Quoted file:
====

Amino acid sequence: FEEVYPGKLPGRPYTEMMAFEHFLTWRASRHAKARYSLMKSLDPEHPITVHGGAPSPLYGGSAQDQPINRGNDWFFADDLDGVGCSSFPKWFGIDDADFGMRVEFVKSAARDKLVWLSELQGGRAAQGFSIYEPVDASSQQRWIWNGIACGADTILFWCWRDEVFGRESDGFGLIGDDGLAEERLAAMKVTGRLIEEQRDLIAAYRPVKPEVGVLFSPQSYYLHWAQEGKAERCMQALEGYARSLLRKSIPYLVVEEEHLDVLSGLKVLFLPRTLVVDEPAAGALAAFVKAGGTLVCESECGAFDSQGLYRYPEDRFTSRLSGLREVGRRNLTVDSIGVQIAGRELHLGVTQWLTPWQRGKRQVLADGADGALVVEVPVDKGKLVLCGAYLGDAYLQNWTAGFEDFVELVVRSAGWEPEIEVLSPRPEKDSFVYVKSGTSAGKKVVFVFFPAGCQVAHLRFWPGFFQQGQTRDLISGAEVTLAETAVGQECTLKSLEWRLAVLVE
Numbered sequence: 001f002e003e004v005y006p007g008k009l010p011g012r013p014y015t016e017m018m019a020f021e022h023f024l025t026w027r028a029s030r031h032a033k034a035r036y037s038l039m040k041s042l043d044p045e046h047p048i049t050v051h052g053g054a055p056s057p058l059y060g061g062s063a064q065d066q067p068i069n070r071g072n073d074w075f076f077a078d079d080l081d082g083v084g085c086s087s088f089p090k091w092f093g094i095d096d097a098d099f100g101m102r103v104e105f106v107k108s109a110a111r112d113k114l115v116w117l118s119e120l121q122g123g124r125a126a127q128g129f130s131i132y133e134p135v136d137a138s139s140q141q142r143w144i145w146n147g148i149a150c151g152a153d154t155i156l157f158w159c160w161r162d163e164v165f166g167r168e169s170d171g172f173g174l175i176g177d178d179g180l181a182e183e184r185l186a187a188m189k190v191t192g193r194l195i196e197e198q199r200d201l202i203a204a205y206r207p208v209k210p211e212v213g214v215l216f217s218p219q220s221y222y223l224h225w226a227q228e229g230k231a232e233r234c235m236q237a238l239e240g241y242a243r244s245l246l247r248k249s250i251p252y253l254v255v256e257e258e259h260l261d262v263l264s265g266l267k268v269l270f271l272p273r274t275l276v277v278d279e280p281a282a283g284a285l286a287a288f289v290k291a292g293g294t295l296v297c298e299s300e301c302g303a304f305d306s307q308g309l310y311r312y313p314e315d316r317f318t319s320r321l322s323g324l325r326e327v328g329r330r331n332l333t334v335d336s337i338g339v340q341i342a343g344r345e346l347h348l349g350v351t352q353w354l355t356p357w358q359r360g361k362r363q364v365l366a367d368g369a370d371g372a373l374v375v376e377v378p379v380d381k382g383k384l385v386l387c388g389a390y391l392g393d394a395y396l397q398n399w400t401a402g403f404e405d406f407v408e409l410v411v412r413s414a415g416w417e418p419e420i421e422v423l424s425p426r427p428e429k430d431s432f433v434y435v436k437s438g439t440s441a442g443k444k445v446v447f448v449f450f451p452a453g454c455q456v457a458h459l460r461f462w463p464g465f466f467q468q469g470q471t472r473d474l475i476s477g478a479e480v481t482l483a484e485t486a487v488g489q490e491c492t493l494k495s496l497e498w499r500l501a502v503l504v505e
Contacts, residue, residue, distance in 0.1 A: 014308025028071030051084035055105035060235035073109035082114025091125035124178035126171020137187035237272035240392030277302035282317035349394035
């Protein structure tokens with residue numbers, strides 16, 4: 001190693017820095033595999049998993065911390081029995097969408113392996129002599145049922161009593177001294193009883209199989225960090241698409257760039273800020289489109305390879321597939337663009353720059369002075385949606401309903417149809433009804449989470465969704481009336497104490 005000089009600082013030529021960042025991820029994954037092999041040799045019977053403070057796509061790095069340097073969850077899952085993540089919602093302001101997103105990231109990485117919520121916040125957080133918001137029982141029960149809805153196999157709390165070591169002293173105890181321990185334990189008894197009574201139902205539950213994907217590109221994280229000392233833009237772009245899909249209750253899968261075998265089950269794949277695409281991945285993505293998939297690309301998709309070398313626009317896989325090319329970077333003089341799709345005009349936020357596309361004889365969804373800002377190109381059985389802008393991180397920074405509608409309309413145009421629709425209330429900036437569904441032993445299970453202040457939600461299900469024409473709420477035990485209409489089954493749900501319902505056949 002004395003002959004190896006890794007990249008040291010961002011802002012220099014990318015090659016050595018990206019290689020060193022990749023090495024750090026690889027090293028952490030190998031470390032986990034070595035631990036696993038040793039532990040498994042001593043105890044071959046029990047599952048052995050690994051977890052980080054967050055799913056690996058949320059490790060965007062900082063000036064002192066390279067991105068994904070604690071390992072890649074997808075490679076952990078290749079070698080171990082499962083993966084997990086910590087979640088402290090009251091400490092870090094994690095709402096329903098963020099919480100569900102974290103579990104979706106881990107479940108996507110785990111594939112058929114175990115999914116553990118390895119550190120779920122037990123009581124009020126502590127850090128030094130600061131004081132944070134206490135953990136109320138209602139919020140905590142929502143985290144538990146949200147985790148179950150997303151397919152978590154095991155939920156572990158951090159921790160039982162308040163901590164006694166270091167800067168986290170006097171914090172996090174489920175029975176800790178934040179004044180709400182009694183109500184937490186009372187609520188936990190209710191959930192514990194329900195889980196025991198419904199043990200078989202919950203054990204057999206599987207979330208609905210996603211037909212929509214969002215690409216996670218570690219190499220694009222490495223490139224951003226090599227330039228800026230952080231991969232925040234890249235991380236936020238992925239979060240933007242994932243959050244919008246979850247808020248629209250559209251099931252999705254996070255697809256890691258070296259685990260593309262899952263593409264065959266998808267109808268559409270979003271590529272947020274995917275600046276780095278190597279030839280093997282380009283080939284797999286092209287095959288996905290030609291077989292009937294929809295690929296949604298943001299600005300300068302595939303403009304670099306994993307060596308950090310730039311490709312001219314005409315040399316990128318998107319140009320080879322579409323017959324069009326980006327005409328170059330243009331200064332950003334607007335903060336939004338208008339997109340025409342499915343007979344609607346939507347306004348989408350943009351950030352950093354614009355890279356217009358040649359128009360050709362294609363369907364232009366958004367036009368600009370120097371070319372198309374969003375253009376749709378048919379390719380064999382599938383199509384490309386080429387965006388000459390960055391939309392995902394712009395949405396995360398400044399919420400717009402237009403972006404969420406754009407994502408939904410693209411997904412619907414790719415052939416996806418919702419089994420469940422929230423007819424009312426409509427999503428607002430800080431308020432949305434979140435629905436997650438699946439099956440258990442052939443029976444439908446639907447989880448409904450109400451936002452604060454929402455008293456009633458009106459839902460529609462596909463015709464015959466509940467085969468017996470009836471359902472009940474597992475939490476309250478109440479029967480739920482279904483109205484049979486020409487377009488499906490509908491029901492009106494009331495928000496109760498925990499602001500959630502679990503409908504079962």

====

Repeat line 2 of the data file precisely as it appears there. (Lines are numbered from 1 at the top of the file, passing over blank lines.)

Numbered sequence: 001f002e003e004v005y006p007g008k009l010p011g012r013p014y015t016e017m018m019a020f021e022h023f024l025t026w027r028a029s030r031h032a033k034a035r036y037s038l039m040k041s042l043d044p045e046h047p048i049t050v051h052g053g054a055p056s057p058l059y060g061g062s063a064q065d066q067p068i069n070r071g072n073d074w075f076f077a078d079d080l081d082g083v084g085c086s087s088f089p090k091w092f093g094i095d096d097a098d099f100g101m102r103v104e105f106v107k108s109a110a111r112d113k114l115v116w117l118s119e120l121q122g123g124r125a126a127q128g129f130s131i132y133e134p135v136d137a138s139s140q141q142r143w144i145w146n147g148i149a150c151g152a153d154t155i156l157f158w159c160w161r162d163e164v165f166g167r168e169s170d171g172f173g174l175i176g177d178d179g180l181a182e183e184r185l186a187a188m189k190v191t192g193r194l195i196e197e198q199r200d201l202i203a204a205y206r207p208v209k210p211e212v213g214v215l216f217s218p219q220s221y222y223l224h225w226a227q228e229g230k231a232e233r234c235m236q237a238l239e240g241y242a243r244s245l246l247r248k249s250i251p252y253l254v255v256e257e258e259h260l261d262v263l264s265g266l267k268v269l270f271l272p273r274t275l276v277v278d279e280p281a282a283g284a285l286a287a288f289v290k291a292g293g294t295l296v297c298e299s300e301c302g303a304f305d306s307q308g309l310y311r312y313p314e315d316r317f318t319s320r321l322s323g324l325r326e327v328g329r330r331n332l333t334v335d336s337i338g339v340q341i342a343g344r345e346l347h348l349g350v351t352q353w354l355t356p357w358q359r360g361k362r363q364v365l366a367d368g369a370d371g372a373l374v375v376e377v378p379v380d381k382g383k384l385v386l387c388g389a390y391l392g393d394a395y396l397q398n399w400t401a402g403f404e405d406f407v408e409l410v411v412r413s414a415g416w417e418p419e420i421e422v423l424s425p426r427p428e429k430d431s432f433v434y435v436k437s438g439t440s441a442g443k444k445v446v447f448v449f450f451p452a453g454c455q456v457a458h459l460r461f462w463p464g465f466f467q468q469g470q471t472r473d474l475i476s477g478a479e480v481t482l483a484e485t486a487v488g489q490e491c492t493l494k495s496l497e498w499r500l501a502v503l504v505e